Proud First Nations Fight Prez Brings Brantford its First Pro MMA Event

From Global Warriors 2 in Burlington: Josh Hill (white shorts) vs Josh Rettinghouse (blue shorts). Image courtesy of Global Warrior Fighting Champioship.

BRANTFORD – The Brantford Civic Centre will play host to Global Warriors 3, Brantford’s first professional MMA event on Friday June 24.

“We are proud to bring fans in Brantford this exciting event. Lyndon Whitlock and Bill Kamery will fight for the bantam weight championship, while Kyle Prepolec and Alex Ricci will compete for the lightweight title,” president and founder of Global Warriors Fighting Championship Garnet Ace said.

From M’Chigeeng First Nations on Manitoulin Island, Ace is also a former sports scout, and consultant.

He has worked with some of the most prominent names in sports including Joe Thornton, Owen Nolan and Ricky “the Hitman” Hatton.

His interest in the business of sports stems back to his junior hockey days.

“I found the general manager position very interesting and I always wanted to run a hockey team,” Ace said.

He utilized his people skills to get access to players, this caught the  of attention of Gene McBurney, co-founder of GMP Securities.

In the early ’90s McBurney hired Ace as an athlete representative for Fogler Rubinoff, a major law firm that specializes in sports law.

“He found it interesting that I can go into a building with thousands of people and comeback in five minutes with the person he wanted to say ‘Hi’ to,” he explained. “So we got into the player agency business and our first client together was Owen Nolan who was the first pick overall in the NHL Draft.”

In 1997 Ace co-founded Up’n Comers Inc. where he obtained licenses from the NHL and NHLPA for the rights to use their logos and images for business purposes. He also served as a liaison between the NHL, NFL, MLB and each league’s players’ association.

In 2000 he launched Ace Sports Management Consultants, a consulting company that supports amateur and professional athletes, clubs, organizations and entertainment companies.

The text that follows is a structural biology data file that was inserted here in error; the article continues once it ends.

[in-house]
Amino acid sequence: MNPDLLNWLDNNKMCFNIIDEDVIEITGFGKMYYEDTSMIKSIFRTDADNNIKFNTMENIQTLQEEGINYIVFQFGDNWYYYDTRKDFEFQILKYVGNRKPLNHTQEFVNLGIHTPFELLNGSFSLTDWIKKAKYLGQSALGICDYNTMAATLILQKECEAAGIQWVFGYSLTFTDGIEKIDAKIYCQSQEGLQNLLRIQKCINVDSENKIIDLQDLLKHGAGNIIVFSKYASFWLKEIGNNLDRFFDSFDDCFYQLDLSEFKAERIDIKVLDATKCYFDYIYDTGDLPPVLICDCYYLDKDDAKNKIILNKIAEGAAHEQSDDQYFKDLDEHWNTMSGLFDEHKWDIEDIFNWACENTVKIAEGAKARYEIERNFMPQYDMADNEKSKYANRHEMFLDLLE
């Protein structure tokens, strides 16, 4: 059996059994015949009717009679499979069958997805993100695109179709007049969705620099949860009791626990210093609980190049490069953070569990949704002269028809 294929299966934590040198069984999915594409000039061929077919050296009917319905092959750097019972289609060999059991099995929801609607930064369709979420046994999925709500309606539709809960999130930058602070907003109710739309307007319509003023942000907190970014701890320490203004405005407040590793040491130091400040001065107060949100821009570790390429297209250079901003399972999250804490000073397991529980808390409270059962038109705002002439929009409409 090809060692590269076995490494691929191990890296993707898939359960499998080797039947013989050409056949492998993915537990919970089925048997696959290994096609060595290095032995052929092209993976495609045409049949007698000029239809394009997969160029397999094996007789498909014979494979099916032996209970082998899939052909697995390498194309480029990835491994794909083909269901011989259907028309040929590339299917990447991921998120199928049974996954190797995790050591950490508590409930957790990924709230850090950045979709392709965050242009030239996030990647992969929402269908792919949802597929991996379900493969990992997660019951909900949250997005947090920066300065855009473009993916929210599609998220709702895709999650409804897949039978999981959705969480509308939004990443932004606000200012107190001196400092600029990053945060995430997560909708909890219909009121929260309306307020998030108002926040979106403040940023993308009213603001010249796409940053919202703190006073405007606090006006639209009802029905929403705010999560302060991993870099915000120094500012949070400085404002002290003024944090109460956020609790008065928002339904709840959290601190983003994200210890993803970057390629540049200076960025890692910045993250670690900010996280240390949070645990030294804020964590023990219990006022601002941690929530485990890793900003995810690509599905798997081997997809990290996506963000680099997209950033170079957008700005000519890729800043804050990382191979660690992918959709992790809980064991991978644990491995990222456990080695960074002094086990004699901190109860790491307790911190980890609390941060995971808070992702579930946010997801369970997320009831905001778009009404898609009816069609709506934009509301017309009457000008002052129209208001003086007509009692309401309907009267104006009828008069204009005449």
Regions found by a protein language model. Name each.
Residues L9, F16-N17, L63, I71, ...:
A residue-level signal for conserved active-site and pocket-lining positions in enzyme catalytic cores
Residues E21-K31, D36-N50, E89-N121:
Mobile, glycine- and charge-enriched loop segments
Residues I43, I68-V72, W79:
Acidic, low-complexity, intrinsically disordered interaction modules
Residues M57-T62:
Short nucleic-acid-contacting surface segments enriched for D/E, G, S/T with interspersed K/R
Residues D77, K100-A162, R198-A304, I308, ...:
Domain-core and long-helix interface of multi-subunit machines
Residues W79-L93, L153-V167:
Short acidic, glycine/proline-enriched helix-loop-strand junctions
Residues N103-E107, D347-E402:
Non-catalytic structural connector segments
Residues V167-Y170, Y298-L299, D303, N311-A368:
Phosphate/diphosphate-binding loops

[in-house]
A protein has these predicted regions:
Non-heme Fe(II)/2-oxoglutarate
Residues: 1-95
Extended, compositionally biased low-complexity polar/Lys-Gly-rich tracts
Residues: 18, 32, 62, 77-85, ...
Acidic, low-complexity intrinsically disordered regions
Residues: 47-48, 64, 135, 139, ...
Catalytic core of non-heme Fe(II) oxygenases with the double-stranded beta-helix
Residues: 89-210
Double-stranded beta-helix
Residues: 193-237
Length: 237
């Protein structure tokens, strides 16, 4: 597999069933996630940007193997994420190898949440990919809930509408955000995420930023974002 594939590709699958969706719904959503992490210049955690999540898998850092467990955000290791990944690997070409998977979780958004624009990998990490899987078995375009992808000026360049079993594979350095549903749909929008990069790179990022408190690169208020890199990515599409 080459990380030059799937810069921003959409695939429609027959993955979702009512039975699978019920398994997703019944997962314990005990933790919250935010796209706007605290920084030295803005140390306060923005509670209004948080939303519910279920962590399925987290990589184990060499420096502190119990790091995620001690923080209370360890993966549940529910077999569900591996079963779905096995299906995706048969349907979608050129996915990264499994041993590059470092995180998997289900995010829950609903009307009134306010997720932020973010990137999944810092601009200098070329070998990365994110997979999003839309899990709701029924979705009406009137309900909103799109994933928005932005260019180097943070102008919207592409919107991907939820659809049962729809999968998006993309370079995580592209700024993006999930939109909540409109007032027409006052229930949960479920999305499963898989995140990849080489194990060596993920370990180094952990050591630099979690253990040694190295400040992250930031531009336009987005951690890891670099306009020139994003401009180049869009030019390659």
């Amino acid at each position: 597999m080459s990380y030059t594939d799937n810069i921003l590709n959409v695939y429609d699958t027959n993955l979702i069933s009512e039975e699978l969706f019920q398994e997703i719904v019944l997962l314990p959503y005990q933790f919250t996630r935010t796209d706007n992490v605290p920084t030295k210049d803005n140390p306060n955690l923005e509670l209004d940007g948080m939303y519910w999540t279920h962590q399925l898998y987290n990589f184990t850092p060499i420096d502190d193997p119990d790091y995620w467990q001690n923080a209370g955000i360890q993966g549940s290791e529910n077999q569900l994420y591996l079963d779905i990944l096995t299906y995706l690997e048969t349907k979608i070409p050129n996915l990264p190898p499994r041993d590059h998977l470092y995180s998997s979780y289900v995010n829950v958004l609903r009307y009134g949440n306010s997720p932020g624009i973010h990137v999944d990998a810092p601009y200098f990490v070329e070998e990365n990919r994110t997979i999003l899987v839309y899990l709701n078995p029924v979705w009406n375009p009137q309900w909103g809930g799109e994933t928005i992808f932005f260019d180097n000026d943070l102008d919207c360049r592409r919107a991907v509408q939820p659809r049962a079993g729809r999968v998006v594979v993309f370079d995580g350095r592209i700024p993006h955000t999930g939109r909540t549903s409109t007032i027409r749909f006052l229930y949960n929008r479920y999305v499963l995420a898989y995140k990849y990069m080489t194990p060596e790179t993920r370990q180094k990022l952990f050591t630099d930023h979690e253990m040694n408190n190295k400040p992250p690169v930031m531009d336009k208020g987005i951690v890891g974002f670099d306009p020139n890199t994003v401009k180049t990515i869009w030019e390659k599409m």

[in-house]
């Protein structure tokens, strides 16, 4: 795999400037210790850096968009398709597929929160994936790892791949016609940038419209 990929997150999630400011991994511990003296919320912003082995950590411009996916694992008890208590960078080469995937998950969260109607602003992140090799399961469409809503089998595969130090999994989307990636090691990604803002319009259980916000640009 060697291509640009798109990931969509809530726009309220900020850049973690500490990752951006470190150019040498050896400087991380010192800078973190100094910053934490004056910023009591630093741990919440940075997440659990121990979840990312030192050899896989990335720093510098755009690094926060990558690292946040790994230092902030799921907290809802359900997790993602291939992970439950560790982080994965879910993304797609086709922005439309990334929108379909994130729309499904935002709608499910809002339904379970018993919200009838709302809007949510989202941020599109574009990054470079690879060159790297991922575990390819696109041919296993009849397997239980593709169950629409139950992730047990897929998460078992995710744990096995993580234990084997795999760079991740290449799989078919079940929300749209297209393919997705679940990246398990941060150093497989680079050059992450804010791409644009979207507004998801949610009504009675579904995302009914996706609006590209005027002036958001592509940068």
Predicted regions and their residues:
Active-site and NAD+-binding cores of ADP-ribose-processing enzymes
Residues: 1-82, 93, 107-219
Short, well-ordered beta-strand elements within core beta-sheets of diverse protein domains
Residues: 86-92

Due to a car accident Ace was unable to continue playing competitive hockey, so he relied on his interpersonal skills and sports knowledge to help him succeed. He said it’s important for athletes to diversify their skills outside of sports.

“Athletes are athletes. Some of them just know their sport, they understand they’re very talented, but they don’t understand the business side,” he said. “For many years the owners controlled everything. Now the players unions are as powerful as the owners, so if you don’t have hockey players, you don’t have the NHL, if you don’t have UFC fighters, they (the UFC) will have to rebuild everything.”

Combat sports have been about marketing a persona for a long time, Ace said it’ imperative that fighters capitalize on that.

“I tell the guys to use my show as a stepping stone in the learning ground to get to the UFC and to develop their personality, they want colourful personalities and fighters that fans will gravitate to, not people that are just like everybody else,” he said.

When asked about his experience as an Aboriginal man in the industry, he said there’s been instances where he felt his merits were questioned.

“I’m a proud First Nations person, I’ve had conversations with high powered individuals and when I tell them I’m North American Indian, it’s was almost as if I lost a little bit of credibility,” he said. “Has that ever stopped me? No, it didn’t stop me from working and doing some things that some people would dream of doing. ”

He added that he is seeing more positive stories coming out of the Aboriginal community.

“We’re getting more educated. My daughter will be going to law school, back when I was younger to have people (Aboriginals) go to school was a very rare thing,” Ace said.

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